Porex - Advanced balancing act

Porex Corporation has developed a new class of self-sealing porous materials with aqueous and organic-solution-blocking capabilities for medical devices. These porous materials also provide high airflow and bacterial-filtration efficiency for better patient care.


Porous plastics can be formed by sintering polymeric particles into a continual omnidirectional open-cell 3D matrix. Sintered porous plastic media have advantages over traditional membrane porous media in mechanical strength, high pore size, high airflow and ease of assembly. Sintered porous plastic products have been widely adapted in applications that require wicking, venting, filtering and diffusing because of their uniquely engineered homogenous open-cell structure.

Sintered porous plastics can be made of many thermoplastic polymers, such as polyethylene, PTFE, polypropylene, ethyl vinyl acetate, nylon, polyethersulphone, polycarbonate, thermoplastic urethane, polyvinylidene fluoride, polystyrene, polyacrylates, polymethyl methacrylate and polyesters.

'Self-sealing' sintered porous plastic media are made with absorptive additives. When dry, air or gases freely pass through the porous media. However, when wet, the absorbent additives will block the liquids by forming a high-viscosity solution or gel, and retard the airflow. This property is called self-sealing. Compared with other porous media, such as commercial submicron hydrophobic membranes, sintered porous media have much higher pore size and airflow. Sintered self-sealing porous plastic media can be moulded into a variety of shapes that provide optimal performance and flexibility for device design.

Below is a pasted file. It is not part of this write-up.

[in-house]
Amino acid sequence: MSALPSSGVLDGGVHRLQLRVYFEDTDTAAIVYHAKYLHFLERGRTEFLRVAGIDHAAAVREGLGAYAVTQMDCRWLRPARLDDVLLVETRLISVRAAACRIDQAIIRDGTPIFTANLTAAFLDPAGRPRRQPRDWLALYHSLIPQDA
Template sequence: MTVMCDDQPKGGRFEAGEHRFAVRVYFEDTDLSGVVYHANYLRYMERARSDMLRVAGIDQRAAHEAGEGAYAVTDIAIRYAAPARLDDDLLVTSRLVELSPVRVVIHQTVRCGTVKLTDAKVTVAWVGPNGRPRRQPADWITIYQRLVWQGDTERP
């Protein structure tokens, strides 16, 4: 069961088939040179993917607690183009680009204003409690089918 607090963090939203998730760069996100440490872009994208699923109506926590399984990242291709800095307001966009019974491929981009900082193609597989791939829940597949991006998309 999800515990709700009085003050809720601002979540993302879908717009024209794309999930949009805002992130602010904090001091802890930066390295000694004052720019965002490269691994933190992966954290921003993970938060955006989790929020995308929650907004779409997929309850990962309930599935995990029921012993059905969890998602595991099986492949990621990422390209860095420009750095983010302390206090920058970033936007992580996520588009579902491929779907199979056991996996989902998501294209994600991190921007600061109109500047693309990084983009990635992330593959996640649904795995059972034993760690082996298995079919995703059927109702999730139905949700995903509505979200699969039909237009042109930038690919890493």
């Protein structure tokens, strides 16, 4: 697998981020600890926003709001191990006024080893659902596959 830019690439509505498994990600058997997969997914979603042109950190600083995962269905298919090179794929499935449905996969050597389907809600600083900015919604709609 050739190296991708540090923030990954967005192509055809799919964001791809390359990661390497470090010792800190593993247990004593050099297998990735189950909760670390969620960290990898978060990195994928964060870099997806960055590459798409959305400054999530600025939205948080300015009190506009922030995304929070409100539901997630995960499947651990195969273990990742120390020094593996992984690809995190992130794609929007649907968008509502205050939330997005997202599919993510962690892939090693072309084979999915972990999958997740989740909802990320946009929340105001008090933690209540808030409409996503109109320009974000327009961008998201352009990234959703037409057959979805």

Porex Corporation porous materials have been widely used as vents in medical devices and proven to be effective airborne bacterial barriers with high bacterial filtration efficiency - well over 99.9% (ASTM F2101).

The organic solvent and acidic solution challenge

As described, current sintered porous plastic self-sealing media use absorbents or modified celluloses as additives for forming a high-viscosity solution or gel in the porous polymer matrix and blocking liquid and gas flow when exposed to aqueous solutions. However, this type of polymeric additive with highly charged functional groups, such as sodium carboxylic and sodium acrylic acid, will quickly deteriorate in acidic solution or organic solvents due to decreased solution-ionisation capability. When a solution is acidic, the functional group of the polymeric absorbent cannot dissociate fast enough to form a gel or high-viscosity solution to prevent liquid passing through the porous media. Organic solvents decrease the polymer ionisation and significantly slow the self-sealing response. Current self-sealing products on the market could not block aqueous solution with over 40% organic solvents and acidic solutions.

A new class of self-sealing porous media

The new self-sealing media use a linear long-chain polyacrylic acid, which is not cross-linked or is very lightly cross-linked. Polyacrylic acids are not neutralised in most conditions. This new additive has the right balance of polarity, solubility and dissolution dynamic for a quick self-sealing response in a wide range of solution compositions. The sintered porous self-sealing media using this new additive could block water, acidic solutions and polar organic solvents.

The new Porex self-sealing porous materials have a broader blocking capability for polar organic solvents and acidic solution compared with the current self-sealing media. This innovative capability will help advance the design and improve the performance of medical devices for better patient care.

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BFE material map of Porex medical-grade PTFE.
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